Relationship Family/ Pre-Marriage Name First Name Father’s Name Mother’s Name Occupation or Nickname Place of birth/ Residence Age or birth date Place and date of death
Widow Shaf/Sheyndling Rachel Housewife Shkud 70 Alka Hill
Widow Shaf/London (my mother and my dear sisters)[1] Leah Mayer Tsipa Housewife Mosedis, Shkud 43 Alka Hill
Daughter Shaf Gita Ber Leah Student Shkud 15 Alka Hill
Daughter Shaf Miriam Ber Leah Student Shkud 13 Alka Hill

According to Hana Shaf-Brener, Rachel Shaf (nee Sheyndling), a widow, 70 years old, lived in Shkud.

Leah Shaf, the daughter of Mayer and Tsipa, widow of Ber, aged 43, lived in Shkud with her two daughters, Gita and Miriam. Leah, Gita, and Miriam were Hana Shaf-Brener’s immediate family.

According to the Lithuania Marriages database, Ber Safo, a widower of 65, son of Shaf and Khana, married Leya, daughter of Meyer and Tsipe London, age 28, in 1923. Libe Shaf, born in 1907 to Yosel and Roche (nee Sheinling) of Skuodas, married Motel Slez, son of Abram and Mine (nee Grin), of Skuodas, in 1938.

According to Jewish Gen’s Lithuania Tax and Voters Lists database, the Shaf family was already established in Skud in 1846. Ber Shaf, son of Shaya, was born on 16 June 1858. He was a trader and apparently quite well off.

Jewish Gen’s All Lithuania Revision List Database Part 5 lists Ber Shaf, son of Shaya, born 8 June 1858. Ber had two brothers, Srol and Iosel. The Lithuania Deaths database tells us that Ber Shaf, son of Shaya and Khane, a farmer, died in 1928, age 70.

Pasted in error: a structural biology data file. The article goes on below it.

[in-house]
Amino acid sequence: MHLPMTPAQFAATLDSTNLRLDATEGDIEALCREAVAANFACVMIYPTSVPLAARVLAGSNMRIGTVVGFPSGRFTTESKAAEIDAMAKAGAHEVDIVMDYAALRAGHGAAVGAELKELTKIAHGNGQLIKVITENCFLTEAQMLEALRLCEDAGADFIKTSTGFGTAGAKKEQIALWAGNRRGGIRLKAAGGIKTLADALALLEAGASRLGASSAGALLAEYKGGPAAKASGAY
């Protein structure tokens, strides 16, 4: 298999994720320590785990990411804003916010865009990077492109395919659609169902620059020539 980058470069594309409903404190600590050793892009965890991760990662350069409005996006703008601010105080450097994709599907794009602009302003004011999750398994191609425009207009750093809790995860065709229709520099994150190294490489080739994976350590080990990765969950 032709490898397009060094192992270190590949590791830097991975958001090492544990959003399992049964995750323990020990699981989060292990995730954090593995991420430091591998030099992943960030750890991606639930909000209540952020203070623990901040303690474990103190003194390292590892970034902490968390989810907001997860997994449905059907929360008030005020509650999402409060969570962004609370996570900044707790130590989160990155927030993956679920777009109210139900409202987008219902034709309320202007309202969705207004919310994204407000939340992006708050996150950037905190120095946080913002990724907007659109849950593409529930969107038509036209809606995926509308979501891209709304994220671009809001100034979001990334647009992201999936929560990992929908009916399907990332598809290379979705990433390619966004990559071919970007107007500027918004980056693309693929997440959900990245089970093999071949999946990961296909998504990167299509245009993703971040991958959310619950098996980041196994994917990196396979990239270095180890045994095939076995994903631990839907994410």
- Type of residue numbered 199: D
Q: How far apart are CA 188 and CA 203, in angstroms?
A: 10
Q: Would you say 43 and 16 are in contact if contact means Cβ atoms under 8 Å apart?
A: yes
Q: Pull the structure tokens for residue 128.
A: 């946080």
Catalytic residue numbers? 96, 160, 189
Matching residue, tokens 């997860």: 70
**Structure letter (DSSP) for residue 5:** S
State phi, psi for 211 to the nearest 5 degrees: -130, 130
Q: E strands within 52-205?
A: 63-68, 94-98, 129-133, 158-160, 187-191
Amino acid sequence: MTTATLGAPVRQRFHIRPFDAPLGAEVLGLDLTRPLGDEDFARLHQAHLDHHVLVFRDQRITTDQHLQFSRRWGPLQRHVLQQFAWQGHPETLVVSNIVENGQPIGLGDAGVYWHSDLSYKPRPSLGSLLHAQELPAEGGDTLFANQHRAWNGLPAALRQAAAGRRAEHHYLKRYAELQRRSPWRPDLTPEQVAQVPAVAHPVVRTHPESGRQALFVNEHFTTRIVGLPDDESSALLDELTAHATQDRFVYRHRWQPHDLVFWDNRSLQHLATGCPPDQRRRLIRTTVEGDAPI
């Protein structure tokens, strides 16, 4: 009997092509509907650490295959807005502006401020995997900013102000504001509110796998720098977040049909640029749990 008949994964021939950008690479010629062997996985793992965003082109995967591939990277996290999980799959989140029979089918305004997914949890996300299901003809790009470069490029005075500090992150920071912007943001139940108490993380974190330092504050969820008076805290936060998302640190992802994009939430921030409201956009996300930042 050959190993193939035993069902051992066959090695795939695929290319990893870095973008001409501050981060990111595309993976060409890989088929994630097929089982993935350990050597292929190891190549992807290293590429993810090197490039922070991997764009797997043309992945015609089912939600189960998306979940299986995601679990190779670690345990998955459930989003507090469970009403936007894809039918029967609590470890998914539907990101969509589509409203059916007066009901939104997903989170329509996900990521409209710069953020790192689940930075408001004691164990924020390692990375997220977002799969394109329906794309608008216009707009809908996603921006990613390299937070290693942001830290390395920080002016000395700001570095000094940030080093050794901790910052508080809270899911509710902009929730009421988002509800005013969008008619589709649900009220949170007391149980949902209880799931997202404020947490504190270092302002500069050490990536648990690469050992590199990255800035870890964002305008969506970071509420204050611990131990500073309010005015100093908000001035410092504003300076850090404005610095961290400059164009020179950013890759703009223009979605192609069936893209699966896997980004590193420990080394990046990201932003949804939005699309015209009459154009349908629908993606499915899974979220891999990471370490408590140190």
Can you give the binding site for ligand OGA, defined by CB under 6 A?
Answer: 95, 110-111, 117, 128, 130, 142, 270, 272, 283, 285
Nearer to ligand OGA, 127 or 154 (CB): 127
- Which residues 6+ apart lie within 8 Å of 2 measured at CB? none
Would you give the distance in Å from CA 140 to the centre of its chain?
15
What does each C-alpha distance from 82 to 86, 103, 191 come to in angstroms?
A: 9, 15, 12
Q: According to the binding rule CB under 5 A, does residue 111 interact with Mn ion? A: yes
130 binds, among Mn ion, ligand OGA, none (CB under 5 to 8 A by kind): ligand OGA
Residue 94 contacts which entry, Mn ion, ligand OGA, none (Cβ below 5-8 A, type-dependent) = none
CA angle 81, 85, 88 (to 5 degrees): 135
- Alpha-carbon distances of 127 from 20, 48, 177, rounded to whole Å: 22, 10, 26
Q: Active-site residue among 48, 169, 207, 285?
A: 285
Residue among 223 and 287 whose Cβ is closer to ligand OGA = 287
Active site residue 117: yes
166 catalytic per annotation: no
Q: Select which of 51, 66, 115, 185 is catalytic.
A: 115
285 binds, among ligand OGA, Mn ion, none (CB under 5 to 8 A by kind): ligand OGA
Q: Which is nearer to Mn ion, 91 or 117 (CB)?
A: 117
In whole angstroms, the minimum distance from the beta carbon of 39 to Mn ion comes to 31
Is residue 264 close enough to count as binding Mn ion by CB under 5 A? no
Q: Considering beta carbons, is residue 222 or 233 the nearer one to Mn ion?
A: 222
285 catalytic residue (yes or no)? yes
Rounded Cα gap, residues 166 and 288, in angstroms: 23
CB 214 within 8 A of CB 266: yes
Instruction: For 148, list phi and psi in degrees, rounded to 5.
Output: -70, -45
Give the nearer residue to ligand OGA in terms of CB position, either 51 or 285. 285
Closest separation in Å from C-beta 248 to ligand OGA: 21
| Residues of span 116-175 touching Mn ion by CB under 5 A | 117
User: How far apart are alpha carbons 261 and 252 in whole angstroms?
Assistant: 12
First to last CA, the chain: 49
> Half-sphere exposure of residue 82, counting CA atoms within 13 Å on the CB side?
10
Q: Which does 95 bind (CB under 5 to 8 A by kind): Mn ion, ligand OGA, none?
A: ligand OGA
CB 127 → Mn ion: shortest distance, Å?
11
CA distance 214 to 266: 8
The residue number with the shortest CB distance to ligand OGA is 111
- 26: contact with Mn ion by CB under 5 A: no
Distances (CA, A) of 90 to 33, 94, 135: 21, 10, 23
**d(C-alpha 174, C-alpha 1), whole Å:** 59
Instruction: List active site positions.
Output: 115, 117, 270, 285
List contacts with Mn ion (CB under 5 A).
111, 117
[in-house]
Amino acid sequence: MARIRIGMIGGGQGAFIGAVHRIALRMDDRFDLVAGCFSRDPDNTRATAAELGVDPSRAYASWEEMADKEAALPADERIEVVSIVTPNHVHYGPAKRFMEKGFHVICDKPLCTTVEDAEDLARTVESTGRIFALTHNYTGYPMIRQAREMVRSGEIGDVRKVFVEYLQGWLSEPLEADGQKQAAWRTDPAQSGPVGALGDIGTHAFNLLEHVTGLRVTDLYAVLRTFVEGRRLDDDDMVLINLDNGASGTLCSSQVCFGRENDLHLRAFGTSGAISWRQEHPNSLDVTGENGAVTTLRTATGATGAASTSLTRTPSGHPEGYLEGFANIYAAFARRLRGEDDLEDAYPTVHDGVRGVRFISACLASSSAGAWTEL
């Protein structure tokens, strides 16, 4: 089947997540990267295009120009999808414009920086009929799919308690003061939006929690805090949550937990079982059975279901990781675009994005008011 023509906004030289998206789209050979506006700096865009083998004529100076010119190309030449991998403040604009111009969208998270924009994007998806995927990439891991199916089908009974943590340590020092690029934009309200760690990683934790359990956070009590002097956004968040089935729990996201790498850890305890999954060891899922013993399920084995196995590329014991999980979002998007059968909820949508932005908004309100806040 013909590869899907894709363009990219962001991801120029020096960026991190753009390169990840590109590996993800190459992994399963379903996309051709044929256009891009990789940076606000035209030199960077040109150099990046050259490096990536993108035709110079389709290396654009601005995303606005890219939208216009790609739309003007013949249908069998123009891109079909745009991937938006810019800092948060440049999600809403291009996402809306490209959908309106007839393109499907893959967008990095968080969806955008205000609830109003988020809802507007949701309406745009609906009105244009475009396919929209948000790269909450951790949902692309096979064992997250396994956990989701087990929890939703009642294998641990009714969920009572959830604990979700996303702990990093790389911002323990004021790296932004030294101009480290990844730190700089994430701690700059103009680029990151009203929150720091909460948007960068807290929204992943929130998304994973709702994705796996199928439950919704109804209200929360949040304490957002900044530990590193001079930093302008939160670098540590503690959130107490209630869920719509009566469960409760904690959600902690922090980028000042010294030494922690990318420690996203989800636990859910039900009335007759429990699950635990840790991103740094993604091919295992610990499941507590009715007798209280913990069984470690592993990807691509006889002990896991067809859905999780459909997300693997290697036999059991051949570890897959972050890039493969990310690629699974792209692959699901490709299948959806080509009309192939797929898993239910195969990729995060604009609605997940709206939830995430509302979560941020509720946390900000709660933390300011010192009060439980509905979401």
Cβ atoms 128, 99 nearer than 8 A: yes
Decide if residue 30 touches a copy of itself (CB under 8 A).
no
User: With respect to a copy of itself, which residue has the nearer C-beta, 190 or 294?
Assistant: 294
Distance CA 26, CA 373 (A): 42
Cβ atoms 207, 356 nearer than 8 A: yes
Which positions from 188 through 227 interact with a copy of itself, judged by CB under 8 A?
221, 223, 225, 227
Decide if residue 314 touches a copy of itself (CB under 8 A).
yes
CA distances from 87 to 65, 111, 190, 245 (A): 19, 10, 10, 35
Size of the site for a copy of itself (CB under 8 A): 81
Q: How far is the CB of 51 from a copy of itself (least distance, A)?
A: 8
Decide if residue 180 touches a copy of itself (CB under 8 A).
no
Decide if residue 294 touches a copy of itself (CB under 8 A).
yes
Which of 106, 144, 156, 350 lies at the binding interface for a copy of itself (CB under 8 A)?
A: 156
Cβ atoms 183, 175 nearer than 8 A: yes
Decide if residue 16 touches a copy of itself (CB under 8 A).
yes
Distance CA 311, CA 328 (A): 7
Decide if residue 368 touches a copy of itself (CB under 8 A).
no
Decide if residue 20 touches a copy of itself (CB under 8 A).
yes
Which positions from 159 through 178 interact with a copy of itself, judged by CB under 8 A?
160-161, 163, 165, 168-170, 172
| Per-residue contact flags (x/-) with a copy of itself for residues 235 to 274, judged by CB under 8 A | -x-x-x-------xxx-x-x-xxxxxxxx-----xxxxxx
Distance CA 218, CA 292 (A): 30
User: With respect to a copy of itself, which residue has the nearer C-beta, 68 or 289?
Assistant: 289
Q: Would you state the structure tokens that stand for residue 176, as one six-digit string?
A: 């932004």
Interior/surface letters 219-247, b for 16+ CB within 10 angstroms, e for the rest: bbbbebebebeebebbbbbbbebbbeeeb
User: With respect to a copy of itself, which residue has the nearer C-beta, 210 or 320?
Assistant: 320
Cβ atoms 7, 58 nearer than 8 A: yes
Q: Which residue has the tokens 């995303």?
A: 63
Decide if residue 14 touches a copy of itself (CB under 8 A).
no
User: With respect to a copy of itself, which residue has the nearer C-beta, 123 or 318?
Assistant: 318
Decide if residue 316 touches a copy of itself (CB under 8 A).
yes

Jewish Gen’s Yizkor Book Necrology Database lists Dov Shaf and Yosef Shaf.

Israel Isaiah Shaf Photo Kehilat Shkud 38
Israel Isaiah Shaf
Photo Kehilat Shkud 38

A prominent member of the Shkud community was Israel Shaf, a teacher in a cheder (Kehilat Shkud 28, 55), the Yiddish pro-gymnasium (29, 56), the folk-school “Yavne,” and the Hebrew pro-gymnasium (56). He was also active in the Jewish National Fund (16, 53).

Leon Bernstein’s memoir “My Little Town Shkud,” recalls Israel Shaf: “As in the majority of Lithuanian shtetls, a Hebrew folk-school was established in Shkud, which later became a Hebrew pro-gymnasium. There, among others, the well-known Hebrew poet Yisroel Shaf affected a poetic-biblical style, similar to the style he used in his stories.”

For more details on the life of Israel Shaf, see his bio in Kehilat Shkud.

Handwritten Letter by Israel Shaf. Photo Kehilat Shkud 39.
Handwritten Letter by Israel Shaf. Photo Kehilat Shkud 39.

16 Farewell PartyA farewell party for the wedding of Israel National Fund member Rachel Savel in Shkud, 27 Iyar, 5690 [May 25, 1930]. Bottom row (right to left):Israel Tenor, Miriam Savel, Meir Taitz (now in Israel). Second row: David Davidov, Rachel Savel, Israel Shaf, Yentel Savel-Vrotnitzki (now in Israel), Moshe Yankelovitz. Third row: Shlomo London, Masha London, Liba Tov, Chaim Natanson (now in Israel), Rachel London, Mina Cohen, Michel Chin, Alexander Pinta (now in Israel), Itta Yankelovitz, Yitzhak Cohen. (Photo Kehilat Shkud 16)